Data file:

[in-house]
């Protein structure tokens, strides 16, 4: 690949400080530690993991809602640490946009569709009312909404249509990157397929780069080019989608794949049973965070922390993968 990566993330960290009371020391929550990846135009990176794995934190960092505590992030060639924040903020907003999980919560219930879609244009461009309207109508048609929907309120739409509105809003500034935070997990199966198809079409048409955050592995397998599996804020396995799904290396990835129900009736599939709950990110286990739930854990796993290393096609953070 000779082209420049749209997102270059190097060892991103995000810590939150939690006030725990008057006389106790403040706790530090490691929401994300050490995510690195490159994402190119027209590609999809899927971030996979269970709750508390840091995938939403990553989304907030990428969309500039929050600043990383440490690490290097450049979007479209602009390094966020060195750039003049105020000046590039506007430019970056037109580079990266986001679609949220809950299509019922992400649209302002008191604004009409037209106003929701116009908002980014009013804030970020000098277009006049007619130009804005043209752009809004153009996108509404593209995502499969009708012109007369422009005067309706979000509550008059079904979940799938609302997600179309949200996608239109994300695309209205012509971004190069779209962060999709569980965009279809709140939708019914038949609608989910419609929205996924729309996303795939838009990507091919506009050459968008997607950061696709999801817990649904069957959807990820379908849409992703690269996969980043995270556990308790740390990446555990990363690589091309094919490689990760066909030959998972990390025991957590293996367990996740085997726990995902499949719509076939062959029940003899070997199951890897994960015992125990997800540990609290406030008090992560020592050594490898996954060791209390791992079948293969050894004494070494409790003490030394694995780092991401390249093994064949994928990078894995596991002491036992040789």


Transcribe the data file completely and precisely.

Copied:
[in-house]
């Protein structure tokens, strides 16, 4: 690949400080530690993991809602640490946009569709009312909404249509990157397929780069080019989608794949049973965070922390993968 990566993330960290009371020391929550990846135009990176794995934190960092505590992030060639924040903020907003999980919560219930879609244009461009309207109508048609929907309120739409509105809003500034935070997990199966198809079409048409955050592995397998599996804020396995799904290396990835129900009736599939709950990110286990739930854990796993290393096609953070 000779082209420049749209997102270059190097060892991103995000810590939150939690006030725990008057006389106790403040706790530090490691929401994300050490995510690195490159994402190119027209590609999809899927971030996979269970709750508390840091995938939403990553989304907030990428969309500039929050600043990383440490690490290097450049979007479209602009390094966020060195750039003049105020000046590039506007430019970056037109580079990266986001679609949220809950299509019922992400649209302002008191604004009409037209106003929701116009908002980014009013804030970020000098277009006049007619130009804005043209752009809004153009996108509404593209995502499969009708012109007369422009005067309706979000509550008059079904979940799938609302997600179309949200996608239109994300695309209205012509971004190069779209962060999709569980965009279809709140939708019914038949609608989910419609929205996924729309996303795939838009990507091919506009050459968008997607950061696709999801817990649904069957959807990820379908849409992703690269996969980043995270556990308790740390990446555990990363690589091309094919490689990760066909030959998972990390025991957590293996367990996740085997726990995902499949719509076939062959029940003899070997199951890897994960015992125990997800540990609290406030008090992560020592050594490898996954060791209390791992079948293969050894004494070494409790003490030394694995780092991401390249093994064949994928990078894995596991002491036992040789």